Sunday, January 10, 2016

Obama Nuclear Deal Fuels Iran’s Hard-Liners

Since completion of the agreement, Tehran has stepped up arrests of political opponents ahead of next month’s national elections.

The article also exposes how Obama made a strategic decision to NOT help the 'Green revolution' to oust the mullahs and specifically ordered the CIA to not help the democracy movement.
(WSJ) The Obama administration’s nuclear deal was intended to keep Iran from pursuing an atomic bomb, and raised hope in the West that Tehran would be nudged toward a more moderate path.

But there are growing fears in Washington and Europe that the deal—coupled with an escalating conflict with Saudi Arabia—instead risks further entrenching Iran’s hard-line camp.

Since completion of the agreement in July, Tehran security forces, led by Supreme Leader Ayatollah Ali Khamenei, have stepped up arrests of political opponents in the arts, media and the business community, part of a crackdown aimed at ensuring Mr. Khamenei’s political allies dominate national elections scheduled for Feb. 26, according to Iranian politicians and analysts.

“Americans have set their eyes covetously on elections, but the great and vigilant nation of Iran will act contrary to the enemies’ will, whether it be in elections or on other issues, and as before will punch them in the mouth,” he told a meeting of prayer leaders this week.

And in a challenge to the U.S., Iran in recent weeks tested two ballistic missiles and fired rockets near U.S. naval vessels in the Persian Gulf.

U.S. and European officials had hoped the nuclear accord would broaden cooperation with Tehran, and empower Iranian President Hassan Rouhani to promote democratic change. He was elected in 2013 on a platform to end the nuclear standoff and build bridges to the West.

The agreement, which calls for Iran to scale back its nuclear work in exchange for removal of international sanctions, fueled euphoria in Tehran among residents, students and business executives seeking greater freedom.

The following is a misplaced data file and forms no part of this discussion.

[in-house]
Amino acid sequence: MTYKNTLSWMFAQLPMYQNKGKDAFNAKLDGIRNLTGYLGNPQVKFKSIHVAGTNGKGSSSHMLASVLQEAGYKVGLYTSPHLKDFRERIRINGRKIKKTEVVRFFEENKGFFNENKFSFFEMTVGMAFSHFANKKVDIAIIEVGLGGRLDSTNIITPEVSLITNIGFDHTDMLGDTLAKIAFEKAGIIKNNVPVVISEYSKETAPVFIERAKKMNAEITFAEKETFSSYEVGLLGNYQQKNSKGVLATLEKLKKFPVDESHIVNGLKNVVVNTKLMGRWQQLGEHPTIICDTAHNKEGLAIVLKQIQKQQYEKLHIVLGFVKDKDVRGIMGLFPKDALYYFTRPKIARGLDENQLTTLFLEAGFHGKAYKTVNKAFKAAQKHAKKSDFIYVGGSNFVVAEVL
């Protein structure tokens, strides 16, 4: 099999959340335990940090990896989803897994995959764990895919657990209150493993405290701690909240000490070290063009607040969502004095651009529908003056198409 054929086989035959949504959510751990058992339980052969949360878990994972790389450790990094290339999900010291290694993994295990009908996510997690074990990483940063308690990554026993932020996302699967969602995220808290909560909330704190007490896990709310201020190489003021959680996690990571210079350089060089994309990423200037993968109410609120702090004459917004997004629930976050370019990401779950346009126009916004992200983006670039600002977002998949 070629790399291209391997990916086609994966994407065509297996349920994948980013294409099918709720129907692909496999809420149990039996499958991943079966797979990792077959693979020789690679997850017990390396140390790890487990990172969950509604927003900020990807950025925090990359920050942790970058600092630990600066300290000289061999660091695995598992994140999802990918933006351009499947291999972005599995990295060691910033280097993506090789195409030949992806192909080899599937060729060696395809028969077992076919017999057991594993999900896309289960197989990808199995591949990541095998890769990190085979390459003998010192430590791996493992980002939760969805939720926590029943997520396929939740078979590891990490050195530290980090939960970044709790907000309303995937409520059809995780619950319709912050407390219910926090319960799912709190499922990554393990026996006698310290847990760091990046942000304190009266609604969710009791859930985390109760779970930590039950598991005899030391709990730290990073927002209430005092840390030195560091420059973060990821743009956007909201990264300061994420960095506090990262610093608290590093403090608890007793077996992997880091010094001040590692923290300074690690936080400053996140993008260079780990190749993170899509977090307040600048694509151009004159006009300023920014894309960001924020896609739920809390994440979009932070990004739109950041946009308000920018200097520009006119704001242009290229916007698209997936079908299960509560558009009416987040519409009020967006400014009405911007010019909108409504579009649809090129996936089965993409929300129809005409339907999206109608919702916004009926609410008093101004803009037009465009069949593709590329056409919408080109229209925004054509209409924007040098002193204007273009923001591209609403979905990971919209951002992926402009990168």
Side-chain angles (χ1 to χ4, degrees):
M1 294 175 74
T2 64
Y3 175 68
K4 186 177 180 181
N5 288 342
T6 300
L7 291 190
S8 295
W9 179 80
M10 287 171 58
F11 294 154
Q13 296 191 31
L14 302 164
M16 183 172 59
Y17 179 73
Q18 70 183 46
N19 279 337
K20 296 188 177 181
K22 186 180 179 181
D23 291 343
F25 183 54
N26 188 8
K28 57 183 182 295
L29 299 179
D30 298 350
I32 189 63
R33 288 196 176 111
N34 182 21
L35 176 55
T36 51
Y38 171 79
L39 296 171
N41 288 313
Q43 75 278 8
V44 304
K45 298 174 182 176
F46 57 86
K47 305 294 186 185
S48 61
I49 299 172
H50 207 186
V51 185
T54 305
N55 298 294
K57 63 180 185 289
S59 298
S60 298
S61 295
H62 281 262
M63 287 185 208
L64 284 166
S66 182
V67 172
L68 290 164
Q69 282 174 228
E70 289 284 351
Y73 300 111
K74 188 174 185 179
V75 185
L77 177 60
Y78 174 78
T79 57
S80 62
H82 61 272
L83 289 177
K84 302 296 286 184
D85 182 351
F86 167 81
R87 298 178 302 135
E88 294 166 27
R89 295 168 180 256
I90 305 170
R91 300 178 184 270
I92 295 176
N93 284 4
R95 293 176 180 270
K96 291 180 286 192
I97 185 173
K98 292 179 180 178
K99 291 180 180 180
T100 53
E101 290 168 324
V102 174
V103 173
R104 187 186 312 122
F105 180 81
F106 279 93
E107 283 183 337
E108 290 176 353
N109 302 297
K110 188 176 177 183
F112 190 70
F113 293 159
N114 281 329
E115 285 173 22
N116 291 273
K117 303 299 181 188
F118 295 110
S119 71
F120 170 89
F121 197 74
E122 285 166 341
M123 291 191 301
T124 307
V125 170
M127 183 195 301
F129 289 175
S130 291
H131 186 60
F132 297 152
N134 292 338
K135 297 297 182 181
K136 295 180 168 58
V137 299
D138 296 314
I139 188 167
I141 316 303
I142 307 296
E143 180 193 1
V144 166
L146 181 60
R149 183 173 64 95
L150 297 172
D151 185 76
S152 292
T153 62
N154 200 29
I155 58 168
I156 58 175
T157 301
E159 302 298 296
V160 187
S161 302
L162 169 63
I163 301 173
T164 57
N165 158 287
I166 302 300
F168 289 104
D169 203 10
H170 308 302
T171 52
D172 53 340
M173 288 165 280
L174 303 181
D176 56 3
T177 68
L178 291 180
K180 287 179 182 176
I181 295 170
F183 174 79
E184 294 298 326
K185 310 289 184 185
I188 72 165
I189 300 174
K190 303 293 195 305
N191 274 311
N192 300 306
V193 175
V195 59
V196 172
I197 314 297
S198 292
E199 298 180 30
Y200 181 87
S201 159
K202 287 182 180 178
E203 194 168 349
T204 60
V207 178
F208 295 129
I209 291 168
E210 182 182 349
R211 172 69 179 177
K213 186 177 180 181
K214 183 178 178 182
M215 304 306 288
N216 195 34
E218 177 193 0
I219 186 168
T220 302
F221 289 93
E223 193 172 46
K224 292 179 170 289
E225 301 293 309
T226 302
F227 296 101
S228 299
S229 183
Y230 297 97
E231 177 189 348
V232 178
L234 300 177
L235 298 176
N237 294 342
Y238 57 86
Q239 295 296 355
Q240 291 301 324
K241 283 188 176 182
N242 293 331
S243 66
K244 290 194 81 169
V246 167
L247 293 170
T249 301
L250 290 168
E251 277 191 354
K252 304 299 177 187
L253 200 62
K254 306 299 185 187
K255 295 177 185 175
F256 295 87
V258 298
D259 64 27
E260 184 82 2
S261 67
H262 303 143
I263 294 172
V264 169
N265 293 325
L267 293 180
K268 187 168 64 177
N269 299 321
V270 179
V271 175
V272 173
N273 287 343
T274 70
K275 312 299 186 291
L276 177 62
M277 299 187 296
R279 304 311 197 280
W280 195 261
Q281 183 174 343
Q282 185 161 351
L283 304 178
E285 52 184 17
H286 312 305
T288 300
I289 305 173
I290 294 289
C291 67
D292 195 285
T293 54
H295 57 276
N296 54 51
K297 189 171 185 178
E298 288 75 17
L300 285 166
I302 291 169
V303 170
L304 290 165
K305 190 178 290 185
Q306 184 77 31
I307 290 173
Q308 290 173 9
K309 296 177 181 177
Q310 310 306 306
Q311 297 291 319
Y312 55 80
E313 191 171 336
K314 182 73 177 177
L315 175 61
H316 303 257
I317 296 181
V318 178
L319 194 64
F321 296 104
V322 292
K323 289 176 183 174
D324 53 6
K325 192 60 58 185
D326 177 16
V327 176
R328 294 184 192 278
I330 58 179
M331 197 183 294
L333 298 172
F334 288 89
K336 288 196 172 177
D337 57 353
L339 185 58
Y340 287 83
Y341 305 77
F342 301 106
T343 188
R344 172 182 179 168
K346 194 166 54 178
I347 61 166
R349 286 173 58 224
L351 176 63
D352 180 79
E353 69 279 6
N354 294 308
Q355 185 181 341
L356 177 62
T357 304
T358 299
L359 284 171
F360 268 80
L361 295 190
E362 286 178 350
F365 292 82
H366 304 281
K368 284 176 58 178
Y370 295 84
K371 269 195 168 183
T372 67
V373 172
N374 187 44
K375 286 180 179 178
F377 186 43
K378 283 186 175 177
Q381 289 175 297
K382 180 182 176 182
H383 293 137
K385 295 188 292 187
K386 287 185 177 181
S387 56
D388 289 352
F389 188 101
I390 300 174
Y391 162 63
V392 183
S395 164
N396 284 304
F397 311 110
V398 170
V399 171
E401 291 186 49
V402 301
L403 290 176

But the continuing purge and the conflict with Saudi Arabia stand to weaken Mr. Rouhani, a moderate Islamic cleric who backed the nuclear deal that involved more than two years of negotiations by his closest aides.

As much as $100 billion in frozen revenues are expected to return to Iran after sanctions are lifted, which U.S. officials said could happen in coming weeks. The White House hoped the cash windfall would aid Mr. Rouhani’s political fortunes. But Iranian academics close to Mr. Rouhani are increasingly concerned Mr. Khamenei will use the money and diplomatic rewards to entrench hard-line allies, at the expense of the president.

Many of the companies about to be removed from international blacklists are part of military and religious foundations, including some that report directly to Mr. Khamenei. [...]

[...] the ranks of reformists in Iran have been depleted. Many activists are angry at the Obama administration for failing to support them six years ago in a rebuff that hasn’t been previously reported.

Iranian opposition leaders secretly reached out to the White House in the summer of 2009 to gauge Mr. Obama’s support for their “green revolution,” which drew millions of people to protest the allegedly fraudulent re-election of President Mahmoud Ahmadinejad.
The demonstrations caught the White House off guard, said current and former U.S. officials who worked on Iran in the Obama administration.

Some U.S. officials pressed Mr. Obama to publicly back the fledgling Green Movement, arguing in Oval Office meetings that it marked the most important democratic opening since the 1979 Islamic revolution.

Mr. Obama wasn’t convinced. “‘Let’s give it a few days,’ was the answer,” said a senior U.S. official present at some of the White House meetings. “It was made clear: ‘We should monitor, but do nothing.’ ”

...Mr. Obama and his advisers decided to maintain silence in the early days of the 2009 uprising. The Central Intelligence Agency was ordered away from any covert work to support the Green Movement either inside Iran or overseas, said current and former U.S. officials involved in the discussions.